Joining Gastroenterology as an editorial fellow is an invaluable experience for the future scientific career. When I joined the fellowship, my main objectives were to learn important aspects about scientific publishing, while improving my editorial and writing skills. Importantly, participating in the fellowship would allow me to determine fields in gastroenterology and hepatology that need more intensive research, evaluate and review manuscripts submitted to a high-impact journal, learn which aspects are important for manuscripts to be considered for publication, and learn how to prepare concise summaries to share with readers. As an editorial fellow, I would not only work with experts on manuscript review and editing, but also be mentored by experts in the field to prepare for a career in scientific publishing.
The application process is easy and straightforward. A curriculum vitae, motivation letter, and conflict of interest form are needed to be considered for the position. Furthermore, a letter of recommendation has to be provided from senior faculty. For the latter, it is beneficial to have worked with someone who is currently active in scientific publishing.
After joining the editorial board, fellows are assigned to associate editors based on their previous experience. Fellows are expected to peer-review manuscripts and discuss their reviews with the associate editors during a brief call or by email, where it is also determined whether additional feedback from the board of editors is needed to move manuscripts forward. If so, fellows are given the opportunity to present manuscripts they reviewed to the editorial board and prepare the decision letter with comments to the authors and editors. This experience teaches which qualities manuscripts need to fulfill to be considered for publication, and how to communicate decisions to authors. During the meetings with the editorial board, fellows are also encouraged to provide feedback for additional manuscripts discussed.
Additionally, fellows have the chance to work on the “Covering the Cover” section of the journal under close mentorship of the responsible editors. Here, they learn to draft short synopses of submitted manuscripts that should be highlighted in the respective sections to give readers a brief overview of important pieces of research with potential clinical applicability. This experience teaches how to write concisely and rephrase the main message of manuscripts without overstating findings and conclusions. Additionally, fellows are invited to write commentaries on recent articles published in other journals and highlight these to Gastroenterology’s readership. This experience teaches how to critically comment on published literature and point out its strengths and limitations. Overall, these learning experiences improve not only editorial and writing skills, but also knowledge in the respective areas of research.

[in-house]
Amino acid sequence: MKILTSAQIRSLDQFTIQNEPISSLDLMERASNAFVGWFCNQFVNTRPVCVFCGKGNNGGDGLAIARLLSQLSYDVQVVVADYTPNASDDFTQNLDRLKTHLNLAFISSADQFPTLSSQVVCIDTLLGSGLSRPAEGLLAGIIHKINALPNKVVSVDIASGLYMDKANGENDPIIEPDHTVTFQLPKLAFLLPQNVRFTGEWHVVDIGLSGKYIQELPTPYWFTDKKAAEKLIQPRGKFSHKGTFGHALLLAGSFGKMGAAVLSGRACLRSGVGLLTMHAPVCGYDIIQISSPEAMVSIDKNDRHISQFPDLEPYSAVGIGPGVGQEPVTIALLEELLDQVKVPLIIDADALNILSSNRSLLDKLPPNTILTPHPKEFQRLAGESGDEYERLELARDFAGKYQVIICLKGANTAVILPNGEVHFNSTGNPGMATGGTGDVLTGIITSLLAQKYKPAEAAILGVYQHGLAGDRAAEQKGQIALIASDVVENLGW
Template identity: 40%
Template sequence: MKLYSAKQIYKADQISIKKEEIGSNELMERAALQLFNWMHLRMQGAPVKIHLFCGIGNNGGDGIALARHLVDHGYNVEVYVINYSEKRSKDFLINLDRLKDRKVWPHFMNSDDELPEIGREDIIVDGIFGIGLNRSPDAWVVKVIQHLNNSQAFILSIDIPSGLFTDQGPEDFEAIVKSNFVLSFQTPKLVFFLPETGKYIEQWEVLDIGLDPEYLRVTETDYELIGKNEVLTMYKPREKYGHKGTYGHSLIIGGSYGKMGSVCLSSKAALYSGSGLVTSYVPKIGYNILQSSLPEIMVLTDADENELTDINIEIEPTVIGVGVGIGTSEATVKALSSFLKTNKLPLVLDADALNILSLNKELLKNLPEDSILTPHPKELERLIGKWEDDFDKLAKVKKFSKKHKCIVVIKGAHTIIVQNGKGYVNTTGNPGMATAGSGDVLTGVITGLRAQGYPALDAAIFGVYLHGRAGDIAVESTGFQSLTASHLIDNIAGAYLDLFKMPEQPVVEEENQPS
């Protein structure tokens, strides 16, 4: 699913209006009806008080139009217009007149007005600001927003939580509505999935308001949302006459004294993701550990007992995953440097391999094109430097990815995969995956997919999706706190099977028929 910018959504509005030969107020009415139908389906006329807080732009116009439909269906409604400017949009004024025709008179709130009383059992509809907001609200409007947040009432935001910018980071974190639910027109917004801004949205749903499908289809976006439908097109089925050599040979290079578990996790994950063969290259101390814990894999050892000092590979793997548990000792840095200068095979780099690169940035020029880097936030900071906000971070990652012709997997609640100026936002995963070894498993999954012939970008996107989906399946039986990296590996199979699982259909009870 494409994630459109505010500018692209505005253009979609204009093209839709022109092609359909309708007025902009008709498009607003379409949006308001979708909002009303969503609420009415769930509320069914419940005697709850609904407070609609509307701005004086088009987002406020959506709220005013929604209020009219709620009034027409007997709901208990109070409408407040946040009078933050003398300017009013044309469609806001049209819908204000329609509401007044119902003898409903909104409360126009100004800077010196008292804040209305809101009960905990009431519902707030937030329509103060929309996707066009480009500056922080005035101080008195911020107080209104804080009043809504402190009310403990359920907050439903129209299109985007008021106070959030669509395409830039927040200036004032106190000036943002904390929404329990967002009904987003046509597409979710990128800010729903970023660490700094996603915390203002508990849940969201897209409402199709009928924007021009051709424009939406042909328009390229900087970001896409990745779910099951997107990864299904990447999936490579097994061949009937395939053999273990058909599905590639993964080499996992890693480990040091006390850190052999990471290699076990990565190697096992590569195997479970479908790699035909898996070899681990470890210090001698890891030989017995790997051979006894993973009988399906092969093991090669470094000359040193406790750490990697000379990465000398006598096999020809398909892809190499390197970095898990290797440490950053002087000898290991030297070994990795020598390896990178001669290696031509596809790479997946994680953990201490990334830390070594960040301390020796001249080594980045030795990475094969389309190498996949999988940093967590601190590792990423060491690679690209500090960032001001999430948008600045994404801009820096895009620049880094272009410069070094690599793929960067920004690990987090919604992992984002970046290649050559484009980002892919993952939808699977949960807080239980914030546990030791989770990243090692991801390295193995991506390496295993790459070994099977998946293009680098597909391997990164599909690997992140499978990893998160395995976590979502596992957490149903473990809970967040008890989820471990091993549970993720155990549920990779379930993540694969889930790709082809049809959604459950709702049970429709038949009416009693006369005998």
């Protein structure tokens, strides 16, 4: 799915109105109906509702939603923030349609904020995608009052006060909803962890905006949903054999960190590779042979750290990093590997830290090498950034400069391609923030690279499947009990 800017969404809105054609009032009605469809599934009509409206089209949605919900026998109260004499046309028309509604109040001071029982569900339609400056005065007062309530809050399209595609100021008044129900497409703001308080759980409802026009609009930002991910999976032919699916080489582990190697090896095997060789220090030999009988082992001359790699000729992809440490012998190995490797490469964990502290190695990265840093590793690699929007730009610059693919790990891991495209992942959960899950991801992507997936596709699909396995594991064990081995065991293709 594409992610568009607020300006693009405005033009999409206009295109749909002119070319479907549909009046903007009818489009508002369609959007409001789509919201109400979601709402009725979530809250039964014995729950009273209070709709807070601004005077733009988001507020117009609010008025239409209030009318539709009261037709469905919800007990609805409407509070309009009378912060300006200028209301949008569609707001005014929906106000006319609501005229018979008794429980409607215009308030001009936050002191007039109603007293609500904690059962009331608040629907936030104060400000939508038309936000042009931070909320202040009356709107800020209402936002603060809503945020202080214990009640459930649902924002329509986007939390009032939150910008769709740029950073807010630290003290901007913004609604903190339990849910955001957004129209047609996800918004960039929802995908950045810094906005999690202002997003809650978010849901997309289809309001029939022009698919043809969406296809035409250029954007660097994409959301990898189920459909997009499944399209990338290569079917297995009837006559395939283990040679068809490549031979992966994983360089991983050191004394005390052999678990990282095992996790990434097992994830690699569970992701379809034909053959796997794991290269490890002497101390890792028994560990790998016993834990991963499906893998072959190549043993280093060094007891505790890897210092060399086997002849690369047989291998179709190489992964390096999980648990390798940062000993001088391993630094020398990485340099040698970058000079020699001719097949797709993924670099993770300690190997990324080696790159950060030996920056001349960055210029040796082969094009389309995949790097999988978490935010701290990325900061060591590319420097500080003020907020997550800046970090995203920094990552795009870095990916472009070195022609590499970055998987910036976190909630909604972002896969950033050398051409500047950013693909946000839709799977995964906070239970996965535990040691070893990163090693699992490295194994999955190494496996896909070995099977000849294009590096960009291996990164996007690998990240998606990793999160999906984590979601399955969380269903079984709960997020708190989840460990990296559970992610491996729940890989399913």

Finally, fellows have the opportunity to write a commentary about a topic of their choice. This experience allows fellows to deepen their expertise in an area of research on an emerging topic they would like to highlight to their readers. Since this type of article is peer reviewed, reviewers’ comments help identify weaknesses of the initially submitted manuscript and increase the awareness about factors that need to be addressed to finally provide a high-quality article that is of value to Gastroenterology’s readership.
Concluding, being an editorial fellow for Gastroenterology is an extremely valuable experience. From an editorial aspect, fellows learn to review, summarize, and comment on submitted manuscripts, as well as which factors need to be addressed by manuscripts to be considered for publication to a high-impact journal. Additionally, fellows network with leaders in the field and expand their knowledge on topics they had not worked on previously. Overall, the fellowship helps improve editorial and writing skills, while staying current in the literature, a skill set that can be applied broadly in the future medical and scientific career.
Dr. Kefalakes is a clinical fellow and research group leader in the department of gastroenterology, hepatology, and endocrinology at Hannover (Germany) Medical School. She has nothing to declare.